What is HaLow?
There’s a new wireless networking protocol in town and it comes to bring connectivity to the Internet of Things. Wi-Fi HaLow (pronounced “HAY-low”) is a marketing name used for products that utilize the IEEE 802.11ah wireless technology, which offers longer range and lower power connectivity than traditional WiFi-certified products.
Wi-Fi HaLow is the latest specification from the Wi-Fi Alliance looking to expand the range of Wi-Fi’s connectivity options. Wi-Fi HaLow will be able to easily work through walls and large barriers because of the propagation capabilities of low-frequency radio waves, as it will operate in the unlicensed wireless spectrum below 1GHz. HaLow’s range will be nearly double the range of today’s Wi-Fi, with estimates extending as high as a whopping 3,280 feet.
HaLow is designed for the Internet of Things, designed to connect multiple devices wirelessly, over extended distances and using lower power.
- 802.11ah HaLow: for low data rate, long-range sensors and controllers.
- 802.11af: for similar applications to 802.11ah. This network option relies on unused TV spectrums instead of 2.4 GHz or 5 GHz bands for transmission.
- 802.11ad: for multigigabit speeds (sans wires) and high-performance networking.
A History of Past & Current 802.11 Amendments.
802.11a (1990): “WiFi A”—also known as the OFDM (Orthogonal, Frequency Division Multiplexing) waveform—was the first amendment, and it came two years after the standard was complete. This amendment defined 5 gigahertz band extensions, which made it more flexible (since the 2.4 GHz space was crowded with wireless home telephones, baby monitors, microwaves, and more).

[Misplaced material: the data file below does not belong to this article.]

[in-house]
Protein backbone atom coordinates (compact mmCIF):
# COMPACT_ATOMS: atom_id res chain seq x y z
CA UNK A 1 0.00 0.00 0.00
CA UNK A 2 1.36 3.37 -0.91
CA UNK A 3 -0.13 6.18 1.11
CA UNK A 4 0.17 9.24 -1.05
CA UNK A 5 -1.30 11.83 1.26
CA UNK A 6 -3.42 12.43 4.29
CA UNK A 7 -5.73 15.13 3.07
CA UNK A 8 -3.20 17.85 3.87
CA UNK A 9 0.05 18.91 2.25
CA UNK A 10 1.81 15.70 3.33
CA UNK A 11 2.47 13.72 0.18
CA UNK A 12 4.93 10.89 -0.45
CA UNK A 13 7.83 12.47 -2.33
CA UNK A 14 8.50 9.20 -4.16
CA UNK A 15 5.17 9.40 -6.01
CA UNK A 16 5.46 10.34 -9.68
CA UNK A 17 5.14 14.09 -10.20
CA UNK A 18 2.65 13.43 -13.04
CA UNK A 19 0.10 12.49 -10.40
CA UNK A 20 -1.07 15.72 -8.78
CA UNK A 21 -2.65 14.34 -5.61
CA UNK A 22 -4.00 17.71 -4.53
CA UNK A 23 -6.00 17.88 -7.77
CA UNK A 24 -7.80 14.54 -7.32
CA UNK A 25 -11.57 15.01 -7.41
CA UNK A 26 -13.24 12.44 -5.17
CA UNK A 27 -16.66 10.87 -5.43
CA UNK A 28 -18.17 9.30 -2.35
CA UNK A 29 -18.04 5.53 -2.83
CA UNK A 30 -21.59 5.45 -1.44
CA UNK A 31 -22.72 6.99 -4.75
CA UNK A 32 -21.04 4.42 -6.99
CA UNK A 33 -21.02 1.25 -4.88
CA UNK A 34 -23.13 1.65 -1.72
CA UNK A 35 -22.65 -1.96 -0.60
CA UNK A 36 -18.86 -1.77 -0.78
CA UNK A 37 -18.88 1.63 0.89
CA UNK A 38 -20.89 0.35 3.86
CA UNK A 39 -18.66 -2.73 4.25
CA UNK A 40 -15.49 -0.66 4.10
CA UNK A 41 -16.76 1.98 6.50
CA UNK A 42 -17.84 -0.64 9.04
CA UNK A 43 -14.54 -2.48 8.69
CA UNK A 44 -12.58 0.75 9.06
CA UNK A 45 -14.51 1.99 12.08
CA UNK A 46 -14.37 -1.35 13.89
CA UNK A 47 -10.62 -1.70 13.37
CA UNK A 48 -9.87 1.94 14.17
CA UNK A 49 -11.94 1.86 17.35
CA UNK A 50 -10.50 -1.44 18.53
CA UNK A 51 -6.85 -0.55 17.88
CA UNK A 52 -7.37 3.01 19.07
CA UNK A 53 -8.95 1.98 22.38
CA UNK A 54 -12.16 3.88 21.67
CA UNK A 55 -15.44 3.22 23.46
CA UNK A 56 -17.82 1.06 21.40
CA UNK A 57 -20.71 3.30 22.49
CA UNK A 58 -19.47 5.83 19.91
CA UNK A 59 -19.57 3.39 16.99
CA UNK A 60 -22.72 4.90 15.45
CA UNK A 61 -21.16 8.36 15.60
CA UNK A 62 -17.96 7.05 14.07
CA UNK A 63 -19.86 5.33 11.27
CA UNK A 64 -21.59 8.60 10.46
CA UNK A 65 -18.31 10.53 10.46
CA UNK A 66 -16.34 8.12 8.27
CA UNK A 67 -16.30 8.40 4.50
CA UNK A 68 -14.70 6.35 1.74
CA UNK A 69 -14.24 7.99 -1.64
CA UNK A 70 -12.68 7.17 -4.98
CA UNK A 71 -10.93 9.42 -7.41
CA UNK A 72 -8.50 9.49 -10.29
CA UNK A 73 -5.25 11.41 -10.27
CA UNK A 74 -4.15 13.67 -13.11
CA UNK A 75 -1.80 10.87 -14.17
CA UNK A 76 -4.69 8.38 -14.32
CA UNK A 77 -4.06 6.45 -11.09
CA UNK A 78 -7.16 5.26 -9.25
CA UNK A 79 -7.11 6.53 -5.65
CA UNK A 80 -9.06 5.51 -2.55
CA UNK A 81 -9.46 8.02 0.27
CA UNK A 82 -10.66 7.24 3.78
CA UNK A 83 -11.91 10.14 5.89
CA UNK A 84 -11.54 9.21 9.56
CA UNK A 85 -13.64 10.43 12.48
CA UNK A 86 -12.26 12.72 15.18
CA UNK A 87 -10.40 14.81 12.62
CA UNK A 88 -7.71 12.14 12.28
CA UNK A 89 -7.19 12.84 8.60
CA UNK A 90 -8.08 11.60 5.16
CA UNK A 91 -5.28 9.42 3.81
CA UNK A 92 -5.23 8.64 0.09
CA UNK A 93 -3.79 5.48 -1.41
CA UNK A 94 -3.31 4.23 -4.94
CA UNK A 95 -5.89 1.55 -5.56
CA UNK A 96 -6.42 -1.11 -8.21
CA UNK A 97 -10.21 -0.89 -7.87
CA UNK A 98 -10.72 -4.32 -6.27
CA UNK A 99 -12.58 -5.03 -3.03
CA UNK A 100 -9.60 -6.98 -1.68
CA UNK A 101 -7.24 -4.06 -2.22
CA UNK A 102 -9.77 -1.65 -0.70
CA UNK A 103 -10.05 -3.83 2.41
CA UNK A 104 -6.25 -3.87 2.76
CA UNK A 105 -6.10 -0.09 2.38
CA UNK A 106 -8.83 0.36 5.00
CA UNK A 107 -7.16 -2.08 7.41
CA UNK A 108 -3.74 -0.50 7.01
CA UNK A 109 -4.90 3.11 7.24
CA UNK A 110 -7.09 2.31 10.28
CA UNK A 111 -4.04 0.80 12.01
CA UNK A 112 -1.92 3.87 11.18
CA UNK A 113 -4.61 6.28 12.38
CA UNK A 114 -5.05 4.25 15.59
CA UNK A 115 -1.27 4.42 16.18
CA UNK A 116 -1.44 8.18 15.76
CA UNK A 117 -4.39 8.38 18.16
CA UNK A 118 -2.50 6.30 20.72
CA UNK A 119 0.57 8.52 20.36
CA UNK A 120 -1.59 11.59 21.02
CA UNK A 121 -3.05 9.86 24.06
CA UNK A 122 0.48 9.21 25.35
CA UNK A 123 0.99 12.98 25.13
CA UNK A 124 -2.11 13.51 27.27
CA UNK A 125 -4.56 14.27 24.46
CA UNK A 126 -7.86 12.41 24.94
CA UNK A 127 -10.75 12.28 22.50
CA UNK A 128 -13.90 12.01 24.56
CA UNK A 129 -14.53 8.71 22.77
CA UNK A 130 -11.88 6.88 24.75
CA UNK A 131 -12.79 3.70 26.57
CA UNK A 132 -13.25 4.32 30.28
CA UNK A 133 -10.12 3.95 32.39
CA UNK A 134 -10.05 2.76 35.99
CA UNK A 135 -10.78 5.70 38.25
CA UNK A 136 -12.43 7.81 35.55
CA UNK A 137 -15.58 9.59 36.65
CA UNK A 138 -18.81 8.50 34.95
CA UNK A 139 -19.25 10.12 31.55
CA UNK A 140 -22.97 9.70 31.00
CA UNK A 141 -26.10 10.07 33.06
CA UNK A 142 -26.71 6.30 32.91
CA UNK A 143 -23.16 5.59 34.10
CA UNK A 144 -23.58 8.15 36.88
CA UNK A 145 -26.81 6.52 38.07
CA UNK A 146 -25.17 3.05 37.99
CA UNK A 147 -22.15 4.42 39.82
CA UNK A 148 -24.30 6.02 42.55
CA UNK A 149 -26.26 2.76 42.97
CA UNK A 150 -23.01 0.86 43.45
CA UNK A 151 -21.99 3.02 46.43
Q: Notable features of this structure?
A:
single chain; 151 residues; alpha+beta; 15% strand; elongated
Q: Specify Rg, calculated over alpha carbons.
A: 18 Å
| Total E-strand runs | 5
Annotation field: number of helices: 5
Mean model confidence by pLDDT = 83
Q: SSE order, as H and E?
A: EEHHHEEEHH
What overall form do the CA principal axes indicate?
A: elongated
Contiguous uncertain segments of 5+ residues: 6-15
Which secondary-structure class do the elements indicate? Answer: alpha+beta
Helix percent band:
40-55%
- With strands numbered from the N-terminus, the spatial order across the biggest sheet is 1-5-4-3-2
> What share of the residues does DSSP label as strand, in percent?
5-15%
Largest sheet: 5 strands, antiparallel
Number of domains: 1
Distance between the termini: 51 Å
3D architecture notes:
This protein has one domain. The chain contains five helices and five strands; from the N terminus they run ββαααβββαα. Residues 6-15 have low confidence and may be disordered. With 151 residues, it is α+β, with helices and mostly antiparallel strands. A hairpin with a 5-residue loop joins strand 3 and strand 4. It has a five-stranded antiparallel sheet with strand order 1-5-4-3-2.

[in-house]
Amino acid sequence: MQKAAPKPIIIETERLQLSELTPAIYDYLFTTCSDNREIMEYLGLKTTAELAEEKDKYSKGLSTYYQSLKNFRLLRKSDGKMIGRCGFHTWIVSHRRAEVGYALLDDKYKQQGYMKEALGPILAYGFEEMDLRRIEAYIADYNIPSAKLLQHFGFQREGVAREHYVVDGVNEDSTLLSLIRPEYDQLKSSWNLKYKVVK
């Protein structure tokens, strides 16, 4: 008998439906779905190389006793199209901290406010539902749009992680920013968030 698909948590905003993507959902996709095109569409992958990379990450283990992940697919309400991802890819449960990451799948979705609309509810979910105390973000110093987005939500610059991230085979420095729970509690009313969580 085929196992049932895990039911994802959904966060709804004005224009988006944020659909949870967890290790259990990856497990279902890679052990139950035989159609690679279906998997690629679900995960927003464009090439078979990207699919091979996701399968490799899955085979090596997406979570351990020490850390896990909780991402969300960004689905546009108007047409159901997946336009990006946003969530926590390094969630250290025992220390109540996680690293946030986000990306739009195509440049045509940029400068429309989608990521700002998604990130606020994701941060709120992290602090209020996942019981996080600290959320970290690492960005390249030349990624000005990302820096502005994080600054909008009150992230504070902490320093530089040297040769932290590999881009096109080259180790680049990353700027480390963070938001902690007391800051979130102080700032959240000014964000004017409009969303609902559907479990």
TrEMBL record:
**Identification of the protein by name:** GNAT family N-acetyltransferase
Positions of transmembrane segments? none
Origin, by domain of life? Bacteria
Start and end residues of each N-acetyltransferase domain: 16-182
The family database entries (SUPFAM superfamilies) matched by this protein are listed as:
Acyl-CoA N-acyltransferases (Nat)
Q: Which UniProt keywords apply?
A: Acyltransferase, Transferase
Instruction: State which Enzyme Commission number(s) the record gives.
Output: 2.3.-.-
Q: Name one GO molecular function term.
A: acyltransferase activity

802.11b (2000): As one of the first widely used protocols, “WiFi B” had an improved range and transfer rate, but it is very slow by today’s standards (maxing out at 11 mbps). 802.11b defined 2.4 GHz band extensions. This protocol is still supported (since 80% of WiFi runs off of 2.4 GHz), but the technology isn’t manufactured anymore because it’s been replaced by faster options.
802.11g (2003): “WiFi G” came onto the market three years after B, and it offered roughly five times the transfer rate (at 54 mbps). It defined 2.4 GHz band extensions at a higher data rate. The primary benefit it offered was greater speed, which was increasingly important to consumers. Today, these speeds are not fast enough to keep up with the average number of WiFi-enabled devices in a household or a strong wireless draw from a number of devices.
802.11n (2007): “WiFi N” offered another drastic improvement in transfer rate speed—300-450 mbps, depending on the number of antennas—and range. This was the first main protocol that operated on both 2.4 GHz and 5 GHz. These transfer rates allow large amounts of data to be transmitted more quickly than ever before.
802.11ac (2013): In 2013, “WiFi AC” was introduced. AC was the first step in what is considered “Gigabit WiFi,” meaning it offers speeds of nearly 1 gbps, which is equivalent to 800 mbps. That’s roughly 20 times more powerful than 802.11n, making this an important (and widely used) new protocol. AC runs on a 5 GHz band, which is important—because it’s less widely used, you’ll have an advantage as far as high online speeds are concerned, though the higher frequency and higher modulation rate mean the range is more limited.
802.11ah: – is 900 megahertz WiFi, which is ideal for low power consumption and long-range data transmission. It’s earned the nickname “the low power WiFi” for that very reason.
802.11af: – utilizes unused television spectrum frequencies (i.e., white spaces) to transmit information. Because of this, it’s earned the nickname “White-Fi.” Because these frequencies are between 54 MHz and 790 MHz, AF can be used for low power, wide-area range, like AH.